Sports was something very special to him. It was something dear and near to his heart. One of the reasons for him to join the Sri Lanka Army was that he thought he will have more opportunities to pursue his sports career.
He joined the Sri Lanka Army Medical Corp in 1961, and became the Head of the Medical Corp and Director - Army Medical Services and finally became the Medical Advisor to the Sri Lanka Army. He retired in 1998 as a Major General.
Some of his contemporaries were Denzil Kobbekaduwa, Sena de Silva, M. D. Fernando, S. L. B. Rosa, Sarath Wijesinghe, H. K. Karunaratne etc.
Recalling his Army days, he said, "Once you join the Army, it becomes a way of life. Dedication, discipline, commitment are some of the qualities that you should possess. For a good soldier, there are no scheduled working hours.
For me, the most satisfying experience was to see the soldiers who lost their limbs in the battle front, walking again. The great satisfaction that I gain in treating the sick cannot be expressed in words. It is a great joy and an experience.
He was very much interested in sports medicine. In 1968, during the V. A. Sugathadasa's era, a Sports Medicine Unit was started and he was the youngest member of the unit. He helped many sportsmen and sportswomen.
Later he was the Vice-President of Asian Federation of Sports Medicine and an Executive Committee Member of the International Federation of Sports Medicine.
Dr. Thurairaja published four manuals on sports medicine, which is undoubtedly is a landmark in this field. The Education Commission of IFSM published the teaching manual for team physicians. This is the text for all doctors who wants to qualify in Sports Medicine.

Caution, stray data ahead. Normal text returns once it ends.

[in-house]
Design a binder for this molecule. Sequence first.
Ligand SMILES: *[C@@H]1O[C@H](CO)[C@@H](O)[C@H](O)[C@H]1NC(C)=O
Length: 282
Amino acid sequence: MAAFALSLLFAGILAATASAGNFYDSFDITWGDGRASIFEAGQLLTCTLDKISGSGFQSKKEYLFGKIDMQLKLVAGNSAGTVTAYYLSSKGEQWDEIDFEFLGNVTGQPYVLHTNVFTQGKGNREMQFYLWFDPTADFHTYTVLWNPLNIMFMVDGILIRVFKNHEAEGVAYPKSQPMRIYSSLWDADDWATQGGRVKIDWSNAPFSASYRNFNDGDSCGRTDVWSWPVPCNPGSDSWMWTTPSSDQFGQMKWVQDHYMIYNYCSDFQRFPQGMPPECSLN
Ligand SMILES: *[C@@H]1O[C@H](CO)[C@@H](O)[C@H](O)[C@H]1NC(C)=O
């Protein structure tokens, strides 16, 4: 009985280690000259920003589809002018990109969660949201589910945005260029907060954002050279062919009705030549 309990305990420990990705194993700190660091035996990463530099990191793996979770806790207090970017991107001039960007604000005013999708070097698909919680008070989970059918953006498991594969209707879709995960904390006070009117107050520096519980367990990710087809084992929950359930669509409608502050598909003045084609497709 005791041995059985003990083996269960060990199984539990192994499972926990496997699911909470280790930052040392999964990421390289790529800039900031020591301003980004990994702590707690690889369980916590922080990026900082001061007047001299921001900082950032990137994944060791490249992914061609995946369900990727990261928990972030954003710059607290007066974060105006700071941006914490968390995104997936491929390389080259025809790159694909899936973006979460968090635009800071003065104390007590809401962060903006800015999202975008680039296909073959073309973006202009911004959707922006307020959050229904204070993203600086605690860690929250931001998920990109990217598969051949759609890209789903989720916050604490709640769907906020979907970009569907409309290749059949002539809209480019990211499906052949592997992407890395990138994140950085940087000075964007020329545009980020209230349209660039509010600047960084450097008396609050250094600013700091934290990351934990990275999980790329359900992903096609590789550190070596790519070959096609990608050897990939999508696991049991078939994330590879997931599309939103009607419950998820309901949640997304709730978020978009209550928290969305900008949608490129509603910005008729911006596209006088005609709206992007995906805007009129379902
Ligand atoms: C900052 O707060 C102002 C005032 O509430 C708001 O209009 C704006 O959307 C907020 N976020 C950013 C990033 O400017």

Further, Dr. Thurairaja is a accredited resource person and a lecturer for all sports medicine courses in the entire region, which includes the Gulf States, India, Pakistan, Thailand, Bangladesh, Korea, Hong-Kong and China.
The sixth Asian Congress of Sports Medicine was held in 2003 in Sri Lanka for the first time at which Dr. Thurairaja was the Chairman of the Organising Committee.
Hundred and seventy two Sri Lankan doctors were certified as team physicians, because the FIMS course was held along with the congress.
Dr. Thurairaja brought honour and glory to Sri Lanka at the World Masters Games 2002, held in Australia by winning the gold medal in golf.
Asian Games contingent team captain
He was earlier, the Asian Games contingent team captain in 1982.
I kindly requested him to give some advice to the up and coming sportsmen and sportswomen.
"To achieve greatness in sports, I feel three ingredients are essential. Sweat, toil and blood. Practice is very necessary. You may be talented, but you must be strong in your will power. The skill and mental approach is very important. You must be able to cope with certain amount of pressure.
One thing that is lacking among our sportsmen and sportswomen are that they do not train properly. I think our coaches should be accountable for this lapse.
"Those who train must develop their power speed, agility, balance. For any sports balance is a must," stated Dr. Thurairaja.
His beloved wife Loret is a tower of inspiration to this gentle doctor. Two daughters are Leisha and Michelle. Leisha played golf for Sri Lanka like her illustrious father.
Presently, Dr. Thurairaja is attached to Oasis Private Hospital, Colombo as a family physician and a sports medicine consultant.
Produced by Lake House